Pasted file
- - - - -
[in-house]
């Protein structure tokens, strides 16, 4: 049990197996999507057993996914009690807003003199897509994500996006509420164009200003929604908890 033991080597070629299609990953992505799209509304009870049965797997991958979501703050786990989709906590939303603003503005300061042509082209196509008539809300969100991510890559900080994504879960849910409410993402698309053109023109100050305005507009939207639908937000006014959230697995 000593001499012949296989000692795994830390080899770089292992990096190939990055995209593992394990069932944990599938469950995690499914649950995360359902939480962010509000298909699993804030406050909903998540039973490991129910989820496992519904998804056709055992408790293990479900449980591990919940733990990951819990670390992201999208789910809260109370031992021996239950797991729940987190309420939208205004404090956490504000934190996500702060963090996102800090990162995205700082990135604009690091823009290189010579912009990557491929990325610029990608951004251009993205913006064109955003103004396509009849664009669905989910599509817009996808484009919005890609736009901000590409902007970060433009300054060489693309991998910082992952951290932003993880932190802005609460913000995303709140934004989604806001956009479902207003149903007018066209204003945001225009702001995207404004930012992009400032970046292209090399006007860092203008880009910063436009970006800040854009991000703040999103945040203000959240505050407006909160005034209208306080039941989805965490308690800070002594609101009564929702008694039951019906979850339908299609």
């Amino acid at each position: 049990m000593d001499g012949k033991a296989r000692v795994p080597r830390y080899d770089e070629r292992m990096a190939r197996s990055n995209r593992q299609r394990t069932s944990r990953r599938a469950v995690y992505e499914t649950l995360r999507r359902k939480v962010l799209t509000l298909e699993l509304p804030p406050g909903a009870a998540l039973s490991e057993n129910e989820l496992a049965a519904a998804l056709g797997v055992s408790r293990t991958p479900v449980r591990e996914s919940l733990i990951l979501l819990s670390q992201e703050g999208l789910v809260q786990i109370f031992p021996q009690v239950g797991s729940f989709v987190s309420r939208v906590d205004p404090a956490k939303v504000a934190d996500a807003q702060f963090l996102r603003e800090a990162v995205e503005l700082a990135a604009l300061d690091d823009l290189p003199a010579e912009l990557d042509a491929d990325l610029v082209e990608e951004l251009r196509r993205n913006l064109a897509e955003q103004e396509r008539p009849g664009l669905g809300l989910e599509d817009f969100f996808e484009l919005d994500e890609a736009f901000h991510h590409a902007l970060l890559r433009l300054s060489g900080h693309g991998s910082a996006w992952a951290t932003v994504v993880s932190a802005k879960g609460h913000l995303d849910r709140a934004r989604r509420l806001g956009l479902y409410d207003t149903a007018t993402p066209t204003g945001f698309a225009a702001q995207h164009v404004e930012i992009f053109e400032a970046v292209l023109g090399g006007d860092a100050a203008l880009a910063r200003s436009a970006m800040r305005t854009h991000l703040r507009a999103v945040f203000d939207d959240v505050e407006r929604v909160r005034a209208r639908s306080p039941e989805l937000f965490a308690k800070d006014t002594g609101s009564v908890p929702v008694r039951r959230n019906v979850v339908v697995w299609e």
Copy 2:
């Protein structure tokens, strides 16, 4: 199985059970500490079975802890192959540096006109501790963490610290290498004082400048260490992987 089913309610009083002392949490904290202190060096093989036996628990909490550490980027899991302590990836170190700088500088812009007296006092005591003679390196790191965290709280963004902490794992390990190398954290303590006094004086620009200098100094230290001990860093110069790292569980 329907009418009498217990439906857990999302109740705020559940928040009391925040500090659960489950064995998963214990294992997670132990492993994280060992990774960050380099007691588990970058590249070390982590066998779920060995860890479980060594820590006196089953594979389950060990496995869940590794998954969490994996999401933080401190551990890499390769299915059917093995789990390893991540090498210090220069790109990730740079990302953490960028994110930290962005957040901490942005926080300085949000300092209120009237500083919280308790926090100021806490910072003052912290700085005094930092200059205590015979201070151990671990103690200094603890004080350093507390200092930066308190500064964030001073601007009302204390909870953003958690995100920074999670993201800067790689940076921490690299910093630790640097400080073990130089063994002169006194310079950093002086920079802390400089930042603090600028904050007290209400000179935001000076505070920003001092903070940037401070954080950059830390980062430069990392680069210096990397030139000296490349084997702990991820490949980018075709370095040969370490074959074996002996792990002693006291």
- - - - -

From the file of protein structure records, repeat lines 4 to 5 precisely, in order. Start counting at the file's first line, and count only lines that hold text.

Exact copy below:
Copy 2:
């Protein structure tokens, strides 16, 4: 199985059970500490079975802890192959540096006109501790963490610290290498004082400048260490992987 089913309610009083002392949490904290202190060096093989036996628990909490550490980027899991302590990836170190700088500088812009007296006092005591003679390196790191965290709280963004902490794992390990190398954290303590006094004086620009200098100094230290001990860093110069790292569980 329907009418009498217990439906857990999302109740705020559940928040009391925040500090659960489950064995998963214990294992997670132990492993994280060992990774960050380099007691588990970058590249070390982590066998779920060995860890479980060594820590006196089953594979389950060990496995869940590794998954969490994996999401933080401190551990890499390769299915059917093995789990390893991540090498210090220069790109990730740079990302953490960028994110930290962005957040901490942005926080300085949000300092209120009237500083919280308790926090100021806490910072003052912290700085005094930092200059205590015979201070151990671990103690200094603890004080350093507390200092930066308190500064964030001073601007009302204390909870953003958690995100920074999670993201800067790689940076921490690299910093630790640097400080073990130089063994002169006194310079950093002086920079802390400089930042603090600028904050007290209400000179935001000076505070920003001092903070940037401070954080950059830390980062430069990392680069210096990397030139000296490349084997702990991820490949980018075709370095040969370490074959074996002996792990002693006291």